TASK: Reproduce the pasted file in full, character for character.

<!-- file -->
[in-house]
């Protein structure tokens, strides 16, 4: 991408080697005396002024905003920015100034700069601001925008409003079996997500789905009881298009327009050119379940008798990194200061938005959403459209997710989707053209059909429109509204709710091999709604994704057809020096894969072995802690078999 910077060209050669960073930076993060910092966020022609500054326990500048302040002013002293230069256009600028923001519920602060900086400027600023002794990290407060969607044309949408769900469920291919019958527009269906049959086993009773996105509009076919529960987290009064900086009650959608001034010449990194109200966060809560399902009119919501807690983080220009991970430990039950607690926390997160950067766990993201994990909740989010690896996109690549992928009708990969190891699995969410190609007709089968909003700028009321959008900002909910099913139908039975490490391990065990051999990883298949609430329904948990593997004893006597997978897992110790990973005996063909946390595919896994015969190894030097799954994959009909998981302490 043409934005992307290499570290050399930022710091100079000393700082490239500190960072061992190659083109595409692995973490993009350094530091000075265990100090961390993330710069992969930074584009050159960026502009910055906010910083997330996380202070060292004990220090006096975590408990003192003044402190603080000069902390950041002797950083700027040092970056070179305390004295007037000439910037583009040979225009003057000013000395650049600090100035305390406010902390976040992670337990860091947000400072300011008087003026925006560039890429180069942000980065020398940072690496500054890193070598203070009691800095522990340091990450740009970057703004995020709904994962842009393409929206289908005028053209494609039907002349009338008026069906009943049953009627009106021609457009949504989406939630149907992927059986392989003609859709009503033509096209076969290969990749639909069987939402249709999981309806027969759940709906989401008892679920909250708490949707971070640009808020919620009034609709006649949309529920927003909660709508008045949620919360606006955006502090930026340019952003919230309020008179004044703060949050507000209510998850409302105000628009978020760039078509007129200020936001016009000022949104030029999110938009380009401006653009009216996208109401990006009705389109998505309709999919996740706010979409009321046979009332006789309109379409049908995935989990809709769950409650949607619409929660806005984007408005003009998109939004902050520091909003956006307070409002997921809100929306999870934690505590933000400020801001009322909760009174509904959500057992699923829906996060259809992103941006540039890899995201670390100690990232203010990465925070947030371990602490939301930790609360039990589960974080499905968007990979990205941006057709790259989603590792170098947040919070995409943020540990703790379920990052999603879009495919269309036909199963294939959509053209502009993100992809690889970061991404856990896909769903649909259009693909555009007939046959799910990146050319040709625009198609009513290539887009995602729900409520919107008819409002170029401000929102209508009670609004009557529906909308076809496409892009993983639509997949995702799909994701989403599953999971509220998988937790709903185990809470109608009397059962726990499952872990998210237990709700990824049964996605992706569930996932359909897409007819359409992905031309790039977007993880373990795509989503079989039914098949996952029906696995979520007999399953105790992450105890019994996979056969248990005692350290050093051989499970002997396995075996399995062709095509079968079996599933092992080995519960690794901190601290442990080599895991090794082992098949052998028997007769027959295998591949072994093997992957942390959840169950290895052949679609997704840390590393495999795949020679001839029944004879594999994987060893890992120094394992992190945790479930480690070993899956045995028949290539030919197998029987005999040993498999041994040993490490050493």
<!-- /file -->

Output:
[in-house]
């Protein structure tokens, strides 16, 4: 991408080697005396002024905003920015100034700069601001925008409003079996997500789905009881298009327009050119379940008798990194200061938005959403459209997710989707053209059909429109509204709710091999709604994704057809020096894969072995802690078999 910077060209050669960073930076993060910092966020022609500054326990500048302040002013002293230069256009600028923001519920602060900086400027600023002794990290407060969607044309949408769900469920291919019958527009269906049959086993009773996105509009076919529960987290009064900086009650959608001034010449990194109200966060809560399902009119919501807690983080220009991970430990039950607690926390997160950067766990993201994990909740989010690896996109690549992928009708990969190891699995969410190609007709089968909003700028009321959008900002909910099913139908039975490490391990065990051999990883298949609430329904948990593997004893006597997978897992110790990973005996063909946390595919896994015969190894030097799954994959009909998981302490 043409934005992307290499570290050399930022710091100079000393700082490239500190960072061992190659083109595409692995973490993009350094530091000075265990100090961390993330710069992969930074584009050159960026502009910055906010910083997330996380202070060292004990220090006096975590408990003192003044402190603080000069902390950041002797950083700027040092970056070179305390004295007037000439910037583009040979225009003057000013000395650049600090100035305390406010902390976040992670337990860091947000400072300011008087003026925006560039890429180069942000980065020398940072690496500054890193070598203070009691800095522990340091990450740009970057703004995020709904994962842009393409929206289908005028053209494609039907002349009338008026069906009943049953009627009106021609457009949504989406939630149907992927059986392989003609859709009503033509096209076969290969990749639909069987939402249709999981309806027969759940709906989401008892679920909250708490949707971070640009808020919620009034609709006649949309529920927003909660709508008045949620919360606006955006502090930026340019952003919230309020008179004044703060949050507000209510998850409302105000628009978020760039078509007129200020936001016009000022949104030029999110938009380009401006653009009216996208109401990006009705389109998505309709999919996740706010979409009321046979009332006789309109379409049908995935989990809709769950409650949607619409929660806005984007408005003009998109939004902050520091909003956006307070409002997921809100929306999870934690505590933000400020801001009322909760009174509904959500057992699923829906996060259809992103941006540039890899995201670390100690990232203010990465925070947030371990602490939301930790609360039990589960974080499905968007990979990205941006057709790259989603590792170098947040919070995409943020540990703790379920990052999603879009495919269309036909199963294939959509053209502009993100992809690889970061991404856990896909769903649909259009693909555009007939046959799910990146050319040709625009198609009513290539887009995602729900409520919107008819409002170029401000929102209508009670609004009557529906909308076809496409892009993983639509997949995702799909994701989403599953999971509220998988937790709903185990809470109608009397059962726990499952872990998210237990709700990824049964996605992706569930996932359909897409007819359409992905031309790039977007993880373990795509989503079989039914098949996952029906696995979520007999399953105790992450105890019994996979056969248990005692350290050093051989499970002997396995075996399995062709095509079968079996599933092992080995519960690794901190601290442990080599895991090794082992098949052998028997007769027959295998591949072994093997992957942390959840169950290895052949679609997704840390590393495999795949020679001839029944004879594999994987060893890992120094394992992190945790479930480690070993899956045995028949290539030919197998029987005999040993498999041994040993490490050493």